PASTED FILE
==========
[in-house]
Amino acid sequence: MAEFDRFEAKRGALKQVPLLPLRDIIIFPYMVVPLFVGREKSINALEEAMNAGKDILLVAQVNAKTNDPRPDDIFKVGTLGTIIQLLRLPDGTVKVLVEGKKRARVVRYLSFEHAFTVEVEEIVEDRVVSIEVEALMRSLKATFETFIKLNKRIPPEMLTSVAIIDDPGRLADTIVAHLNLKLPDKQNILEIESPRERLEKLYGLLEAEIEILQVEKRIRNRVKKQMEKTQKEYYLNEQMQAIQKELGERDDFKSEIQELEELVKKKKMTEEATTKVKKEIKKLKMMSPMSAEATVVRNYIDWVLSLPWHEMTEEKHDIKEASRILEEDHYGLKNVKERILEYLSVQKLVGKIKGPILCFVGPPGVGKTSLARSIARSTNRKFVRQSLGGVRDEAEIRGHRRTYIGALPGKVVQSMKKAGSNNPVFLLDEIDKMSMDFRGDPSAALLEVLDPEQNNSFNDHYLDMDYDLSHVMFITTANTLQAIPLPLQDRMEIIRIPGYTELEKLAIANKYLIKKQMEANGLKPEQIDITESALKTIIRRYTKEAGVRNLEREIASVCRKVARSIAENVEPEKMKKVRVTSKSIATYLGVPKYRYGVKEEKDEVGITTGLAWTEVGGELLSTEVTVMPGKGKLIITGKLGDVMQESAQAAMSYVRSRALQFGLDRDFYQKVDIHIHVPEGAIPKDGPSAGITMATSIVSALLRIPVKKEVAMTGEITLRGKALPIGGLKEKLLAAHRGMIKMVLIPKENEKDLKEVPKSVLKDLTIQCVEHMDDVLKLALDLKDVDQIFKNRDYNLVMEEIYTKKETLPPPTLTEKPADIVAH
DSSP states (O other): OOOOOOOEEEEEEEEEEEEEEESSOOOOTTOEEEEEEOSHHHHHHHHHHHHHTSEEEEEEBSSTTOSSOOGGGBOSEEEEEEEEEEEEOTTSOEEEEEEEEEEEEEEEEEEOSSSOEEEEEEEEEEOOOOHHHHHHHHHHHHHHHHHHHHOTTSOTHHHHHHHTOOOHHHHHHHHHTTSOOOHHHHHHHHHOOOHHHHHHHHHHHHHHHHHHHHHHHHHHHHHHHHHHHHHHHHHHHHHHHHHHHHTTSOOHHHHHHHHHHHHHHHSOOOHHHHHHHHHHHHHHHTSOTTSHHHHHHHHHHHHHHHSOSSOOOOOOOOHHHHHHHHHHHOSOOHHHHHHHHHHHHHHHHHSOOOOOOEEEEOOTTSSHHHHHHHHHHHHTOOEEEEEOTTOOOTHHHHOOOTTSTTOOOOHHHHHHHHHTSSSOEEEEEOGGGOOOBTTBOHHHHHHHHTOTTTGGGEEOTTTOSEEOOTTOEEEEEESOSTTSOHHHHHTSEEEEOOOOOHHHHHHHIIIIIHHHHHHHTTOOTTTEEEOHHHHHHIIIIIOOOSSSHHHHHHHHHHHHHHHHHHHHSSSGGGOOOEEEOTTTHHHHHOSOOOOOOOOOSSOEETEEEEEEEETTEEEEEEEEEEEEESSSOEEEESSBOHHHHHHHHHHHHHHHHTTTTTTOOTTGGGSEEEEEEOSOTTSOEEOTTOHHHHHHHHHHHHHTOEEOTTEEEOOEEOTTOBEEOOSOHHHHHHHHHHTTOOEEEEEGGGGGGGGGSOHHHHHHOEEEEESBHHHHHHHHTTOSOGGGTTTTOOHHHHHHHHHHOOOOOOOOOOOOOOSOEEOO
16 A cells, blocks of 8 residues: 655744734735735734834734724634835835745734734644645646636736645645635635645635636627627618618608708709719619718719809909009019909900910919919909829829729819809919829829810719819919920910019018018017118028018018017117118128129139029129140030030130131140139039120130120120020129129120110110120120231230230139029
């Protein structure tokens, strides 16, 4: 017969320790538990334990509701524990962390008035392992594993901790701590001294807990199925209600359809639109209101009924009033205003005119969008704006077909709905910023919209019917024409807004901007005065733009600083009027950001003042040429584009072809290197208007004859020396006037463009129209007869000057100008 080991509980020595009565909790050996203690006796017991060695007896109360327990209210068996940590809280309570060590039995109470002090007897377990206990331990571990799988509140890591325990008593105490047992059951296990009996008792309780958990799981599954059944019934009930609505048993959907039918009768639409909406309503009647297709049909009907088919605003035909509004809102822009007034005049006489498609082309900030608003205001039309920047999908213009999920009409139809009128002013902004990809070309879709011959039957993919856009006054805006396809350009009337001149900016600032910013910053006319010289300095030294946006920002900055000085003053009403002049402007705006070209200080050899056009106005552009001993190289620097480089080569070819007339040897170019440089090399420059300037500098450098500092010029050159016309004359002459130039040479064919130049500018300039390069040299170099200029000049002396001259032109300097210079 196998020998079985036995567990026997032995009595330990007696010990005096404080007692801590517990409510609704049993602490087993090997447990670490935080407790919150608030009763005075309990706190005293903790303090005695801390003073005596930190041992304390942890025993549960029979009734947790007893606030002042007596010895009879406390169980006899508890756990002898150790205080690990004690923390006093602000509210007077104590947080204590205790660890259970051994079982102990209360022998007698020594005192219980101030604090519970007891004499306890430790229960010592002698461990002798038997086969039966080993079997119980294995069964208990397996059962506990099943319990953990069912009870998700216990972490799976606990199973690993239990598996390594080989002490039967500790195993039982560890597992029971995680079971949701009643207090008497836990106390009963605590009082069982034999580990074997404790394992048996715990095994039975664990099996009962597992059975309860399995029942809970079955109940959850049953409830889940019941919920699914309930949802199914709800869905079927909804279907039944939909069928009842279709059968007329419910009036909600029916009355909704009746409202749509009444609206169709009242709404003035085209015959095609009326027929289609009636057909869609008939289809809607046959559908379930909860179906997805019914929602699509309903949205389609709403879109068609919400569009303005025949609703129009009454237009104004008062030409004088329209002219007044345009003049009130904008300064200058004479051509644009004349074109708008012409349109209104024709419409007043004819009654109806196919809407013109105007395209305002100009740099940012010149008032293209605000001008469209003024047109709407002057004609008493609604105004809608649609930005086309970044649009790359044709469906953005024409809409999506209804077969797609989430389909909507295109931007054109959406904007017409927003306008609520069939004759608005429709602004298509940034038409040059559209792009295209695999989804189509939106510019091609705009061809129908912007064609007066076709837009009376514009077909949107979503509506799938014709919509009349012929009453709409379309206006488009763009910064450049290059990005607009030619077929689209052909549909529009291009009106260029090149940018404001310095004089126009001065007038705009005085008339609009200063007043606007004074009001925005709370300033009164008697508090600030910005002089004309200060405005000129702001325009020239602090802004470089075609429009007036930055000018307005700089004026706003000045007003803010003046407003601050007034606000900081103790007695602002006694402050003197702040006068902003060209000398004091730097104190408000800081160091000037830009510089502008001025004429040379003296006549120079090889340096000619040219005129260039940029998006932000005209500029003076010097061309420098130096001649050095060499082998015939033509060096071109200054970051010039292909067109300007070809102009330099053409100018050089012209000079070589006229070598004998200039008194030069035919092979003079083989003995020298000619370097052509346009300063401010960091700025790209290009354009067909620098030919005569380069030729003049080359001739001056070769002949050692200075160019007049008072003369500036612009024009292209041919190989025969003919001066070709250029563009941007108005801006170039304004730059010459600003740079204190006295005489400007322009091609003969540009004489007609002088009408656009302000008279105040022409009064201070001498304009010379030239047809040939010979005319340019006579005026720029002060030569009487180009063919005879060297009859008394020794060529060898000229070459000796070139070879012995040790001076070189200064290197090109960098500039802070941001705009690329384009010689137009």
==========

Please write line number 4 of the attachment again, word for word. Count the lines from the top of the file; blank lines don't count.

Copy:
16 A cells, blocks of 8 residues: 655744734735735734834734724634835835745734734644645646636736645645635635645635636627627618618608708709719619718719809909009019909900910919919909829829729819809919829829810719819919920910019018018017118028018018017117118128129139029129140030030130131140139039120130120120020129129120110110120120231230230139029